Study – When it comes to popular condiments, simple is better

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Dive Brief:

  • In a new report by Comax Flavors, the company found that convenience, innovation in flavors and cost are the key drivers behind today’s most popular condiments, according to Food Ingredients First.
  • Although ethnic flavors and innovation and pushing condiments forward and attracting plenty of interest, the report also showed that regular or original flavors are still the most popular. 
  • The report found regular is the most popular type of condiment for mayonnaise (77%), mustard (87%) and ketchup (92%,) Food Ingredients First noted. Regular also is the most liked for shelf stable and refrigerated dressings. 

Dive Insight:

Condiments are king. People have been spreading, dipping and smothering their foods in different sauces and dips for generations, but thanks to innovation and increased interest in unique and ethnic options, the market for condiments has been growing.

In 2016, Packaged Facts reported that condiment and sauce sales rose to $24 billion, and there were no signs of a slow down. The same report showed a projected annual 1.5% increase in purchases through 2021.

From 2013 to 2017, products featuring ethnic flavors rose 20% — particularly those imported from Mexico, India and Spain — while products offering “American flavors” dropped by 7.2%, according to research from Innova Market Insights. While innovative flavors are playing a large role in the increased variety of condiments, sauces, dips and dressings in the market, the Comax report cited by Food Ingredients First showed that regular, plain and original were the leading adjectives to describe consumers’ preferred sauces. In fact, ketchup, honey mustard and soy sauce took some of the top places for favorite sauces.

The strong preference for the classics could spur questions as to whether all the flavor innovation in condiments is misplaced. A cursory look on grocery store shelves is sufficient to show that as new food trends emerge, including the addition of more unique flavor profiles from Africa and Asia, new condiments and dipping sauces featuring these spices are finding their way into stores.

In fact, ethnic flavors are high on the pecking order in terms of consumer preferences, especially for dipping sauces. Flavors like sweet chili, Siracha, duck sauce and wasabi were all mentioned as popular choices. However, manufacturers should not immediately overlook American standards in favor of innovation, particularly if they are looking to improve condiments, salad dressings or chip dips. Retailers would be wise to carry and manufacturers to produce both original and more creative flavor mix-ups depending on the individual’s preferences.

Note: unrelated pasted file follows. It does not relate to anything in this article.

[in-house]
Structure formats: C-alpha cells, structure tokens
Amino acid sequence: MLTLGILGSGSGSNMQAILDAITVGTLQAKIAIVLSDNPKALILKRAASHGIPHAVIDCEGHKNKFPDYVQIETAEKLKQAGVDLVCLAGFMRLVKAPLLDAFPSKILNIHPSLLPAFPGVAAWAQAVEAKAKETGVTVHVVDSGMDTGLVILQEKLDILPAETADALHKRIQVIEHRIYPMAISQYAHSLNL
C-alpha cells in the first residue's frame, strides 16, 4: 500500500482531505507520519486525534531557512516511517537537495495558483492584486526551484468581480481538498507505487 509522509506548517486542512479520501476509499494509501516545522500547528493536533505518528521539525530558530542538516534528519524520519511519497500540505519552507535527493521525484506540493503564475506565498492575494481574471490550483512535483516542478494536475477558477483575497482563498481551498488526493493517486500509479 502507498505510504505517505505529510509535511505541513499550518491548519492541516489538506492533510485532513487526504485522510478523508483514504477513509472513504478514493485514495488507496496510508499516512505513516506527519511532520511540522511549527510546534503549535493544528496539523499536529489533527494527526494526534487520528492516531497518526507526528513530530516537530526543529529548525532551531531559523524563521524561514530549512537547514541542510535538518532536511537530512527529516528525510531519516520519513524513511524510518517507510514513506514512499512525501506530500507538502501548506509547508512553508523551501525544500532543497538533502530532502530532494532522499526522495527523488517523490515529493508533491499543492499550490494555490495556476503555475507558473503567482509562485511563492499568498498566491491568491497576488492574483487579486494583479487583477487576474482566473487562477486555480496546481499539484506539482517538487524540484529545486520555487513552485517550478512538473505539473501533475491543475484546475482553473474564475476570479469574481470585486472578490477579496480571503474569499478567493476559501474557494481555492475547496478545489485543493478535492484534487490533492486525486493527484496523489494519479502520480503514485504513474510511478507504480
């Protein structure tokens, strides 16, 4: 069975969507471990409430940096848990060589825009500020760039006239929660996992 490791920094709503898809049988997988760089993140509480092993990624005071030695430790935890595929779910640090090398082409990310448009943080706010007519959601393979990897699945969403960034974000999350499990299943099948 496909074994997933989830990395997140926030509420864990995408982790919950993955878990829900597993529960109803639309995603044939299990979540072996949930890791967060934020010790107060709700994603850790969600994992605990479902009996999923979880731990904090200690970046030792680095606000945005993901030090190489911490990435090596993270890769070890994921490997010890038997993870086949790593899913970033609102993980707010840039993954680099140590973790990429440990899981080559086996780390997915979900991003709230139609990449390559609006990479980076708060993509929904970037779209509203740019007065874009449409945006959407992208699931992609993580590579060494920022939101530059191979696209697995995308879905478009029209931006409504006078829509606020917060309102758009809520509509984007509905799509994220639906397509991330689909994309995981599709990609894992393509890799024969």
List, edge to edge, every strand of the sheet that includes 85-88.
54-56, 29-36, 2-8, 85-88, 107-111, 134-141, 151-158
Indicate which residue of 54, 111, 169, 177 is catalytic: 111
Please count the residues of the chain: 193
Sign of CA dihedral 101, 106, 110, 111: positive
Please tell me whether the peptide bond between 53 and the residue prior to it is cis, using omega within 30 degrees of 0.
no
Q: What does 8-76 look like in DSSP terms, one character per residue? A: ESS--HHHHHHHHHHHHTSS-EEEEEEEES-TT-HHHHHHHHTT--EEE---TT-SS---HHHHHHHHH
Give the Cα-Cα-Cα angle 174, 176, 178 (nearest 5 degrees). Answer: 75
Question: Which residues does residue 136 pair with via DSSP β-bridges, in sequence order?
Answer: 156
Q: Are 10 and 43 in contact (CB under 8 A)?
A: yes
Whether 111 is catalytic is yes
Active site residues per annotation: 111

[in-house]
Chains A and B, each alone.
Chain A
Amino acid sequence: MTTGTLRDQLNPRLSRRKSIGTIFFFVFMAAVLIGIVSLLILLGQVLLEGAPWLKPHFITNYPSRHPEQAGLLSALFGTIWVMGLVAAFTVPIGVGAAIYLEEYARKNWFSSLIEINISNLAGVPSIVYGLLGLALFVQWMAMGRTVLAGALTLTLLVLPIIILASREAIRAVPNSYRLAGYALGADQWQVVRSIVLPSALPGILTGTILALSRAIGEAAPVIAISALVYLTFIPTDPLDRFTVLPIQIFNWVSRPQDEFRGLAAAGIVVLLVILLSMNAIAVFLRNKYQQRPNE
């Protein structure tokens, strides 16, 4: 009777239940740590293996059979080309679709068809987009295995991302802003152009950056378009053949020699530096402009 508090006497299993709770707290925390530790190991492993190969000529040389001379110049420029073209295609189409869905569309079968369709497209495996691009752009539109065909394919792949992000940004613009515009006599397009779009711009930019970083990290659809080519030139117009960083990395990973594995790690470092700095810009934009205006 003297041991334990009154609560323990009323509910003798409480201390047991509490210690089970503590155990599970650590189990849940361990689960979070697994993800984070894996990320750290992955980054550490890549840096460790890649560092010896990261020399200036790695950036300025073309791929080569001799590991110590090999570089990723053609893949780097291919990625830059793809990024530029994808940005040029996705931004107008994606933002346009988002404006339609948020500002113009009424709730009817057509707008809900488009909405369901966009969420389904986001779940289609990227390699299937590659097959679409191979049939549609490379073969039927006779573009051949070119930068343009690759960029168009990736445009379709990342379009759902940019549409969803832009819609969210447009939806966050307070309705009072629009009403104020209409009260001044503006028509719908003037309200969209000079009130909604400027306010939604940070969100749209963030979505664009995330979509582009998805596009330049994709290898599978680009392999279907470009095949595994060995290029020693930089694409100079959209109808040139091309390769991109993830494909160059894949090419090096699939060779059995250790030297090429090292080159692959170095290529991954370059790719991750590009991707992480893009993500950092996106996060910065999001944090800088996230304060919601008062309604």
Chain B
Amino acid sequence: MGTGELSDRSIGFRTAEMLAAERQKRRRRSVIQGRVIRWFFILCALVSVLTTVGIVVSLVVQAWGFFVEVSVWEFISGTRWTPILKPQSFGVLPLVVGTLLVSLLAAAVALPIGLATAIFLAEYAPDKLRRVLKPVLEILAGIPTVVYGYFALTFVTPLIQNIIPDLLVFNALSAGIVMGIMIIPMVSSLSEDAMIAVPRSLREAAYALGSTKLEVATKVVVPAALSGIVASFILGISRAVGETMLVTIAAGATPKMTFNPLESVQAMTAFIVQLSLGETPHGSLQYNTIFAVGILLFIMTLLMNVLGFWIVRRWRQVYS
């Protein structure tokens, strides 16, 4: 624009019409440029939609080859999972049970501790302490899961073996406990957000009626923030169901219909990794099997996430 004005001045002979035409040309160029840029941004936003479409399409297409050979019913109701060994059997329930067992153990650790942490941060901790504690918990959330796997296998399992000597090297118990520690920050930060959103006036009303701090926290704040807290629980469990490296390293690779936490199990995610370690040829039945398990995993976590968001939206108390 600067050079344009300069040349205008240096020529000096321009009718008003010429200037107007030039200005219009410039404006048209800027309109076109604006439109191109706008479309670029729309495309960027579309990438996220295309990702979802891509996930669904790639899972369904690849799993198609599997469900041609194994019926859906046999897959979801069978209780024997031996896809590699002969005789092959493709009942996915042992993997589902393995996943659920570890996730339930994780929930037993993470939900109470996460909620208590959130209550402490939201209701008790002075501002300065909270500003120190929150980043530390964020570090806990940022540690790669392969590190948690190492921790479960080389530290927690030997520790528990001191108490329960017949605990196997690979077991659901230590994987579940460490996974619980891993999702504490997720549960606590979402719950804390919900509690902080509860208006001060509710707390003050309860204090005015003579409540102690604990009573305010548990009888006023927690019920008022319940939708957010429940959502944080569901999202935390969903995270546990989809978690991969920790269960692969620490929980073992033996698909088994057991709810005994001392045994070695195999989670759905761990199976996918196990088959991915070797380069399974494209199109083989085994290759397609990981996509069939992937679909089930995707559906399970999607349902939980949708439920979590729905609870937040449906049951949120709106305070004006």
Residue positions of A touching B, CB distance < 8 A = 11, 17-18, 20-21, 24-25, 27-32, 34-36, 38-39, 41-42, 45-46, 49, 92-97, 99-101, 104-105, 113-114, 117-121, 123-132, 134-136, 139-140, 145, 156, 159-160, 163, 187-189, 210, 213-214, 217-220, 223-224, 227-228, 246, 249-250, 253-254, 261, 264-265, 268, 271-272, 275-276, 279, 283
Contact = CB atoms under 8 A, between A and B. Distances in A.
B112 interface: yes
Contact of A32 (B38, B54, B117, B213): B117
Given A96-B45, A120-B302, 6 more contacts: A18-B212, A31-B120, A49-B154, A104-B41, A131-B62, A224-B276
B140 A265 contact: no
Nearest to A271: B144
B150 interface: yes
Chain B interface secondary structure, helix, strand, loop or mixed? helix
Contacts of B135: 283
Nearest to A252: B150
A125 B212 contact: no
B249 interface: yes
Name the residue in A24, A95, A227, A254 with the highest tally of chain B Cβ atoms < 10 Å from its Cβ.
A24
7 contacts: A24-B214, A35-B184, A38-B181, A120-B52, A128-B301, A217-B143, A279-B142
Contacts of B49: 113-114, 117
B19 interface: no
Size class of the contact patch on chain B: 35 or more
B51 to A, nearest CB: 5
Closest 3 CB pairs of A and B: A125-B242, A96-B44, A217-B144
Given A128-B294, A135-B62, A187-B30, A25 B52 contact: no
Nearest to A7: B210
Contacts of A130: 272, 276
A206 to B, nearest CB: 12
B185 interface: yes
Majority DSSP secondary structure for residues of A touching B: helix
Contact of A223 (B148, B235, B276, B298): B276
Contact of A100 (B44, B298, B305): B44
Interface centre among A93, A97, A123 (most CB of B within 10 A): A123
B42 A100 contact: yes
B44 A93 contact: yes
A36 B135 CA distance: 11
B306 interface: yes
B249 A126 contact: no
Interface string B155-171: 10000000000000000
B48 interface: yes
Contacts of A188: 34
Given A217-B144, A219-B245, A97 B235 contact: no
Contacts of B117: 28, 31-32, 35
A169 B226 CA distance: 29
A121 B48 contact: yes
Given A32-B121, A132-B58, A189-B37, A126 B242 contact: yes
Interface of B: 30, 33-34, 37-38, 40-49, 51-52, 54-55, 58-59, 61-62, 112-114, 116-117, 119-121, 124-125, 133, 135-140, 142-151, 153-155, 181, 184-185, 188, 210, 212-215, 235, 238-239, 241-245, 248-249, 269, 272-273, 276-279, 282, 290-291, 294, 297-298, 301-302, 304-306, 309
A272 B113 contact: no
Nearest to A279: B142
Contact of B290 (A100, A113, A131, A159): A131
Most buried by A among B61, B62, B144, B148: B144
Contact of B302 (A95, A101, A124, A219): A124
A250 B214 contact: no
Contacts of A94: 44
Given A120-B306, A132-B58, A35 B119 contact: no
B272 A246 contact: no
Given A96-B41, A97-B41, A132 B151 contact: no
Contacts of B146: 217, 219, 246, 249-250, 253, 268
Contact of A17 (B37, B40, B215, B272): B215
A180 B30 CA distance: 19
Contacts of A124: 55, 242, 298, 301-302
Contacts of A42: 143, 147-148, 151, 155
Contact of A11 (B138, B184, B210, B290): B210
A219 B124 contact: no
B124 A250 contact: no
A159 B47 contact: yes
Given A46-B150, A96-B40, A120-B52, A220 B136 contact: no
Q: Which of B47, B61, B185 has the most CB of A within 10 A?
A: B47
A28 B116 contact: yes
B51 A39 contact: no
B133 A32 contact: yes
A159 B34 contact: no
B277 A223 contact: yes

Particularly interesting is the Comax report that in the world of condiments, 91% of respondents among all generations voted for mayonnaise as their number one flavor. However, according to Euromonitor statistics in The Wall Street Journal, mayonnaise sales have dropped 6.7% in the last five years.

Still, mayo still holds a special spot in people’s hearts. Perhaps that is why Kraft Heinz has been working to improve its offerings of the condiment. In addition to cleaning up their ingredients mix, which consequently is the least important consideration to consumers in the Comax report, they have come up with mayo blends that incorporate other classic condiment choices such as ketchup, barbecue sauce, and mustard. Called Mayochup, Mayocue and Mayomust, these combinations were widely requested by popular opinion on social media.

This real-life case study exemplifies Comax’s findings that consumers are craving original flavors. Instead of reaching to the farthest corners of the world in search of innovation, perhaps cleaning up labels and combining favorite dips and sauces is the way to win over consumers. In addition, although taste ranks as the top consideration among consumers when selecting a product, a quarter of those surveyed also are concerned with their sauces and spreads containing less salt and healthier ingredients. Manufacturers could focus on cleaning up their labels and introducing organic and GMO-free options to attract and retail consumers. 

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